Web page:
Bradley Manning faces over 100 years in jail after widely guilty verdict
Bradley Manning, the former soldier who leaked over 700,000 documents, was yesterday found guilty of 17 of the 22 charges brought against him in a military court.
Manning could face a maximum of 136 years in prison despite being found not guilty of the most serious charge of aiding the enemy. This sentence is on top of the 1,157 days that Manning has already spent in military jail since his arrest.
Eight of the 22 counts fell under the Espionage Act which is usually reserved for cases where spying is involved rather than the leaking of documents. Manning was found guilty of seven of these charges which has led to fears about the implications of this ruling for whistle-blowing in the future, which could in turn impact on media organisations’ and individuals’ ability to hold the US to account for wrongdoing, war-crime and torture.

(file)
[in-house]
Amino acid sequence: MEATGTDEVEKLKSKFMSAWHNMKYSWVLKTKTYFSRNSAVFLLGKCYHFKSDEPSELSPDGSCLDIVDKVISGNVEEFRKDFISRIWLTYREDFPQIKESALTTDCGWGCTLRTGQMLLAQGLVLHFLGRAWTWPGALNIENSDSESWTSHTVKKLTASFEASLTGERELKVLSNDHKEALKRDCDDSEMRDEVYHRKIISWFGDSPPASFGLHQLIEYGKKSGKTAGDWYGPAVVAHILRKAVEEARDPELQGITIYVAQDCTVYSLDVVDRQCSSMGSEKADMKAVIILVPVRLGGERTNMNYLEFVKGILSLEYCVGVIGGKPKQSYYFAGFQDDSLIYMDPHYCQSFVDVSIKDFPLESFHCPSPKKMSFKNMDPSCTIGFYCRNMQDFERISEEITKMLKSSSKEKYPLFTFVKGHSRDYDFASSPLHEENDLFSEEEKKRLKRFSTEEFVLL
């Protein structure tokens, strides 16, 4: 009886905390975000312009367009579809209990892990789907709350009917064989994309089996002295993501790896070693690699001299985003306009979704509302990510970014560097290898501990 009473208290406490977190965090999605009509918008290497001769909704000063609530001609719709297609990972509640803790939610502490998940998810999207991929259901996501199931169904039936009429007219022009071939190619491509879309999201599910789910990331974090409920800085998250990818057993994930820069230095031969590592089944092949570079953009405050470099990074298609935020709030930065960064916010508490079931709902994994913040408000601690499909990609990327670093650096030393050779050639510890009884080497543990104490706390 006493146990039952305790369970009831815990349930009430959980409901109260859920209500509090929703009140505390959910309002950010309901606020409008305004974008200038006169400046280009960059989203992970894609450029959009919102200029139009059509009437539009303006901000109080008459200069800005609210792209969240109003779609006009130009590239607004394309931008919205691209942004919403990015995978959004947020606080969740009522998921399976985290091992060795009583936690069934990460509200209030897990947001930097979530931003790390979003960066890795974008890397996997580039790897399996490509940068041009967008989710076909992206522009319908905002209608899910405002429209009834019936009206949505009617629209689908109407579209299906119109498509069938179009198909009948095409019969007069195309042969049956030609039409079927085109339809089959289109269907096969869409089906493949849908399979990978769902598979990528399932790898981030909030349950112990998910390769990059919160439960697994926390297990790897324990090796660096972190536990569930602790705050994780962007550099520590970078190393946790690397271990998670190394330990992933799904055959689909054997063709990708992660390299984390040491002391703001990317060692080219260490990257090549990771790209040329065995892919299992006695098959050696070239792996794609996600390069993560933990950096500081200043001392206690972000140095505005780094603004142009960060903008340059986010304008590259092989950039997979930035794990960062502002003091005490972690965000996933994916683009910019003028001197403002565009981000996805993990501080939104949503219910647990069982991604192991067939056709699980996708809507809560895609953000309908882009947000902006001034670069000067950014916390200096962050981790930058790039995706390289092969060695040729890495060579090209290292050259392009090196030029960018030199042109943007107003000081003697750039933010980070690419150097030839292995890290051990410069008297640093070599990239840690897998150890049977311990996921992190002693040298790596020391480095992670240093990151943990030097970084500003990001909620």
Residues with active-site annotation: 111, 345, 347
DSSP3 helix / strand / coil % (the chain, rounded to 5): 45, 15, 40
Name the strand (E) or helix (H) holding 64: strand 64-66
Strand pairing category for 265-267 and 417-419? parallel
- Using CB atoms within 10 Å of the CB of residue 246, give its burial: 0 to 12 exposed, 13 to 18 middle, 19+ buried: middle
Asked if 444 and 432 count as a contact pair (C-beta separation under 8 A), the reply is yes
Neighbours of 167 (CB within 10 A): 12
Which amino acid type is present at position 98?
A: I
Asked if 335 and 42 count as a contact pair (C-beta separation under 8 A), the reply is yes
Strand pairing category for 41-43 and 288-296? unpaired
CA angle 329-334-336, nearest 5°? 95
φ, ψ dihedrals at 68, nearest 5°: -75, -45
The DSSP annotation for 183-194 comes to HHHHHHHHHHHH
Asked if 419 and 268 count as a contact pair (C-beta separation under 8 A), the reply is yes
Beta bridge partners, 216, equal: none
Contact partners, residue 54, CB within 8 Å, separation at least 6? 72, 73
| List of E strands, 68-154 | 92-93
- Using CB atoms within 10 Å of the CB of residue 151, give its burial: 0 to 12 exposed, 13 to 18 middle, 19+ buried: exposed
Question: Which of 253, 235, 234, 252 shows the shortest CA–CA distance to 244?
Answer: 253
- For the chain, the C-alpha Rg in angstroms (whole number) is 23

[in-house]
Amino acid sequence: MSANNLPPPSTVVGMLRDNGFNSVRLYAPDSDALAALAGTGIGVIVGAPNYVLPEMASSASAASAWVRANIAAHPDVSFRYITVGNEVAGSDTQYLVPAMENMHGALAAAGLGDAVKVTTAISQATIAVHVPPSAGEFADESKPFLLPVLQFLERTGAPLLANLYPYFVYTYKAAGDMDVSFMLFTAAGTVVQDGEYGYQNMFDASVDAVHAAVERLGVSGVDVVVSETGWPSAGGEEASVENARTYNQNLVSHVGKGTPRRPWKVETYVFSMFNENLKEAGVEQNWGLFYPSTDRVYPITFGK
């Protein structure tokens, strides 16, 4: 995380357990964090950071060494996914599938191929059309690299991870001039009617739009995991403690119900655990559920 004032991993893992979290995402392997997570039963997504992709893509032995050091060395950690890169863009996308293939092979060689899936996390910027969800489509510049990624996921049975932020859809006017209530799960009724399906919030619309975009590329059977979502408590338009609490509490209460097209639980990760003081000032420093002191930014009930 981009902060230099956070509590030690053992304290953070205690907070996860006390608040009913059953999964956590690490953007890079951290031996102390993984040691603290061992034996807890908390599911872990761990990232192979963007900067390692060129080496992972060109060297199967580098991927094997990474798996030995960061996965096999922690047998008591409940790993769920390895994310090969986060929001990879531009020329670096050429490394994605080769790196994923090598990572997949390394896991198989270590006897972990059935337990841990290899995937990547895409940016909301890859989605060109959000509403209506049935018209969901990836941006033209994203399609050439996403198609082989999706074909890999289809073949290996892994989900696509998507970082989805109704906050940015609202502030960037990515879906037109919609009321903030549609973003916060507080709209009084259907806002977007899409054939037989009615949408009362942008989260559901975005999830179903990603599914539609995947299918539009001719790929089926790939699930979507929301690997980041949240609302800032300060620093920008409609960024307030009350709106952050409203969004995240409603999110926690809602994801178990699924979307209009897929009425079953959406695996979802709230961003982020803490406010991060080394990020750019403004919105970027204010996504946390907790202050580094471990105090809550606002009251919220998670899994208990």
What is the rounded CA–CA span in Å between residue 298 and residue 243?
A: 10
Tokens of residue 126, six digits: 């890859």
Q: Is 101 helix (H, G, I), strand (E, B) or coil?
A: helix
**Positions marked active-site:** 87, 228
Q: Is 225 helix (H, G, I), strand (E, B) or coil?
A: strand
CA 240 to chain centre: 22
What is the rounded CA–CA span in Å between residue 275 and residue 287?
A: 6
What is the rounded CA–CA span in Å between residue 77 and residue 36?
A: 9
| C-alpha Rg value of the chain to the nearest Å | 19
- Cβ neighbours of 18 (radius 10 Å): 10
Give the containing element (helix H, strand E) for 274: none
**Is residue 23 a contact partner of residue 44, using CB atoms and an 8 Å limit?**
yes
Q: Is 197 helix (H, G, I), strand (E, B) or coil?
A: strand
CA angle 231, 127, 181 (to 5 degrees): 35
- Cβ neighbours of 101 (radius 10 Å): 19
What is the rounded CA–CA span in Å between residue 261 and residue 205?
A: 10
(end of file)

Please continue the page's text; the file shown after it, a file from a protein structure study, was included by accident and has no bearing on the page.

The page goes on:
A number of human rights organisations have spoken out in condemnation of the verdict, with Amnesty International’s senior director of international law and policy, Widney Brown, saying in a statement posted on the Amnesty website:
“The government’s priorities are upside down. The US government has refused to investigate credible allegations of torture and other crimes under international law despite overwhelming evidence. Yet they decided to prosecute Manning who it seems was trying to do the right thing.
It’s hard not to draw the conclusion that Manning’s trial was about sending a message: the US government will come after you, no holds barred, if you’re thinking of revealing evidence of its unlawful behaviour.”
Colonel Denise Lind, the military judge overseeing the trial, did agree to a 112 day reduction in recognition of the harsh treatment Manning received whilst at the Quantico military base. This seems to confirm allegations that Manning was forced to spend nearly 11 months in solitary confinement and being made to strip naked at night. Juan Mendez, the UN’s special reporter on torture, had earlier found that this treatment itself amounted to torture.
The ramifications of the verdict are certain to widely affect other instances of leaked information that are in the public interest, with Edward Snowden’s NSA revelations being the most obvious example.
Manning must now wait to see what exact sentencing he will receive in a further trial which begins tomorrow.